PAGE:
There is nothing wrong with a printout and it's fine to have a paper archive - but to turn your pile of print outs into organised research you need to do a few things.

1. ensure that all the information in the printout has been added to your family tree (transcribing the details and adding source information);

2. ensure that your research conclusions from the evidence in the printout has been added to your research log.

Step 3: Sorting out your digital family history files

Your digital files - those downloads of documents and photos - can be just as much of a mess as the pile of papers. Again, a little order will help to bring calm, if you're feeling a bit of genealogy chaos.

We recommend keeping your folder structure as simple as you can. The reason for this is that your computer is excellent at sorting material, and being searched too. Having many folders means that you run into the problem of having to decide where to file a document that relates to many people, and you run the risk of using up unnecessary digital storage space. For instance, if you make a copy of a marriage certificate do you decide tos tore it in the bride's folder or the groom's, or both. If you have just one folder for documents you don't need to make this decdision.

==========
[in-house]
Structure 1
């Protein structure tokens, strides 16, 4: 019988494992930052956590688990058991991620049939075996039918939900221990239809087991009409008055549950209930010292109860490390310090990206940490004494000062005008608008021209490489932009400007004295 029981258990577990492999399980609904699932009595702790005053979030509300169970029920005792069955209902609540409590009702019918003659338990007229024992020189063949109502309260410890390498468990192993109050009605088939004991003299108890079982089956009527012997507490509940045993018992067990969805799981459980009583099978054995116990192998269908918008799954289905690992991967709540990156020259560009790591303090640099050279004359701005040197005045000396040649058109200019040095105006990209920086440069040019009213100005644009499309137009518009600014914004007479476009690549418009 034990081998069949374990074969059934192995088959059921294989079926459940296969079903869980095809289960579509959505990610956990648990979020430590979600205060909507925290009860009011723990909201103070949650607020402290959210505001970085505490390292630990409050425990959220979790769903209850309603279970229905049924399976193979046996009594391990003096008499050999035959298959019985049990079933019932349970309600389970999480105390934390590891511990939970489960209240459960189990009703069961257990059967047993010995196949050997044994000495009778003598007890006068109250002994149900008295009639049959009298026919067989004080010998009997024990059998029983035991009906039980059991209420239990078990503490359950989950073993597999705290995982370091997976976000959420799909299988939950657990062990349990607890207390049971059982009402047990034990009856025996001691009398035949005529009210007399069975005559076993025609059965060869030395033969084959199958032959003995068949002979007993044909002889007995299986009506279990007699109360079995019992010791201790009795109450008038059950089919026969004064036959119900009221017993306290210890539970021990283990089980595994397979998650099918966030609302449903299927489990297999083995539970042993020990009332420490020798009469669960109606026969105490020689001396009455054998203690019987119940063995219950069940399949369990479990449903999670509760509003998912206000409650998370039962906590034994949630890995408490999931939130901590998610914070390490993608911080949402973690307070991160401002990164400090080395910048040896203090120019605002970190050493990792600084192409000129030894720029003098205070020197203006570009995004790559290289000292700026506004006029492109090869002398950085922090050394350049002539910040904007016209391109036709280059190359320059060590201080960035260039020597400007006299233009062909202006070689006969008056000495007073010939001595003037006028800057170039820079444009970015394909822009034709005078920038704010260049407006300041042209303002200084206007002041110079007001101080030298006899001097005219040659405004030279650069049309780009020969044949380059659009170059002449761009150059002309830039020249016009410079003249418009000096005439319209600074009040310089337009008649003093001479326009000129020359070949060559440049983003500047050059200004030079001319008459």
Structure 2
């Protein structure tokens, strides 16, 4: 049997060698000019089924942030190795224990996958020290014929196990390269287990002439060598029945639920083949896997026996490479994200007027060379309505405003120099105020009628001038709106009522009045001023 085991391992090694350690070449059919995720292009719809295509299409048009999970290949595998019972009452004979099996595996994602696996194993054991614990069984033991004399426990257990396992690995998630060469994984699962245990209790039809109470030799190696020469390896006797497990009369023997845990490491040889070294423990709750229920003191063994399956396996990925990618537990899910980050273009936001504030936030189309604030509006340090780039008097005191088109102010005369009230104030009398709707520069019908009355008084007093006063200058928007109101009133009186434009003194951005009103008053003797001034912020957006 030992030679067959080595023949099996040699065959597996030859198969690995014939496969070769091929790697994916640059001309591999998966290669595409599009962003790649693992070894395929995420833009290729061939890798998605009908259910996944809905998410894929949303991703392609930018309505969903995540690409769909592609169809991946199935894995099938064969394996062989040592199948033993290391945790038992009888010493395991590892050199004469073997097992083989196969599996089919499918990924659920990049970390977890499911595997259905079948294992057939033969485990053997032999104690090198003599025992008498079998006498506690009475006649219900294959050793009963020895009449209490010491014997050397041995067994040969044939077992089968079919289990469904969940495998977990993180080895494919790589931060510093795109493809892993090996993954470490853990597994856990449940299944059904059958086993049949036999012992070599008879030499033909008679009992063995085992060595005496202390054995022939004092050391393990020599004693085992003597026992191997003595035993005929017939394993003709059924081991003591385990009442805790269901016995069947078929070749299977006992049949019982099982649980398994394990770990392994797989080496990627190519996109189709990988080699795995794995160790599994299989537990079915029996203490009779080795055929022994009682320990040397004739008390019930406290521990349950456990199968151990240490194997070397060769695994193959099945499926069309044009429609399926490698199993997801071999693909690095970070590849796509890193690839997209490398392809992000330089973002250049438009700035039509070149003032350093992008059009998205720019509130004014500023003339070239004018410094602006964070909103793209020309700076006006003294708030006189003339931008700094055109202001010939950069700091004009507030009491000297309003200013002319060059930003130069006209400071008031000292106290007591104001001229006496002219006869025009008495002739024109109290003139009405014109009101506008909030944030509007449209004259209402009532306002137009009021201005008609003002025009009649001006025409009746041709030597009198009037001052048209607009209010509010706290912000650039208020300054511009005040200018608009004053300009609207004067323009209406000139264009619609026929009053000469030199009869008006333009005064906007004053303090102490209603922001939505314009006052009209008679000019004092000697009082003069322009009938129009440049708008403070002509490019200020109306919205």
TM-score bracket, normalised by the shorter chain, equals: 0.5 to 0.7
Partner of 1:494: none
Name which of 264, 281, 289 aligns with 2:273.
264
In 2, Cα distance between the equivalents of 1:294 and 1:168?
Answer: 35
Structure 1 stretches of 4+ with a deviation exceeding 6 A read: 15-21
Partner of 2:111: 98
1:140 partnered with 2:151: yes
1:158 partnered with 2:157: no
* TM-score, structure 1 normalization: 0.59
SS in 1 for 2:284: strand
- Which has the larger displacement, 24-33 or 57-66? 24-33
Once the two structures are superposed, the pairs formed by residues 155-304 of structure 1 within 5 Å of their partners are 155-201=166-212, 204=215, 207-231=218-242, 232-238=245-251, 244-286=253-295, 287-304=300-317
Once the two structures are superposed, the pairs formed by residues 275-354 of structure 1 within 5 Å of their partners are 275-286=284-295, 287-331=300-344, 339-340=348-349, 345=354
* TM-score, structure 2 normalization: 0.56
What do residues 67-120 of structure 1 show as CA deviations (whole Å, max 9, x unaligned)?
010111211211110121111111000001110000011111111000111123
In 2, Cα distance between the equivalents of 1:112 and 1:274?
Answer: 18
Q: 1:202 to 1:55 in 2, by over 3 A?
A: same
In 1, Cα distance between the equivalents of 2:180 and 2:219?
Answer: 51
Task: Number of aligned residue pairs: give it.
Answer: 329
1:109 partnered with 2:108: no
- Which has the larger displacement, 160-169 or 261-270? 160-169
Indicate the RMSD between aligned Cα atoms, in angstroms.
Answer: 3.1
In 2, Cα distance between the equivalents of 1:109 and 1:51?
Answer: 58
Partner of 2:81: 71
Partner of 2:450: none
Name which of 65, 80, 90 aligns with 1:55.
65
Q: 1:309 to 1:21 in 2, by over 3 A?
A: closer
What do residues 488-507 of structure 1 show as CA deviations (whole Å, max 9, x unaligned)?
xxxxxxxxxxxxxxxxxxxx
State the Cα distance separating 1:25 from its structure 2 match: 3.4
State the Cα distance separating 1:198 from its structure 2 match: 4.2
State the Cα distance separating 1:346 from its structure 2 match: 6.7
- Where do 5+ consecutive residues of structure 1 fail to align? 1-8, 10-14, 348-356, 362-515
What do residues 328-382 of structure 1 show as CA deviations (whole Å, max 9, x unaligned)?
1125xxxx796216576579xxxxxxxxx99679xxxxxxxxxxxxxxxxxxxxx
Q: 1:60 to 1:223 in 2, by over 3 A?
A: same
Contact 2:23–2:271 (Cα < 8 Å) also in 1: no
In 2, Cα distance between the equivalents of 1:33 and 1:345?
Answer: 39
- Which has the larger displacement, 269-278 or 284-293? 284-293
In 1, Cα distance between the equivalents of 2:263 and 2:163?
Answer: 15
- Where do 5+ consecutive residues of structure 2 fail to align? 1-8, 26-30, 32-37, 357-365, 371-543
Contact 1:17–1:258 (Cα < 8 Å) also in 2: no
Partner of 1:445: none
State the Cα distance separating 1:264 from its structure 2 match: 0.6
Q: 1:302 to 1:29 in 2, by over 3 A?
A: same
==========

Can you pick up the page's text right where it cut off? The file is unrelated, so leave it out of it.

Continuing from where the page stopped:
So how do we recommend organising your family history folders?

1. Set up a folder called 'My family history'. Within that have a folder called 'My family history documents', another folder called 'My family history photos', and a third folder for admin called 'My family history admin'.

  • In 'My family history documents' you put all your digital downloads and photos of documents.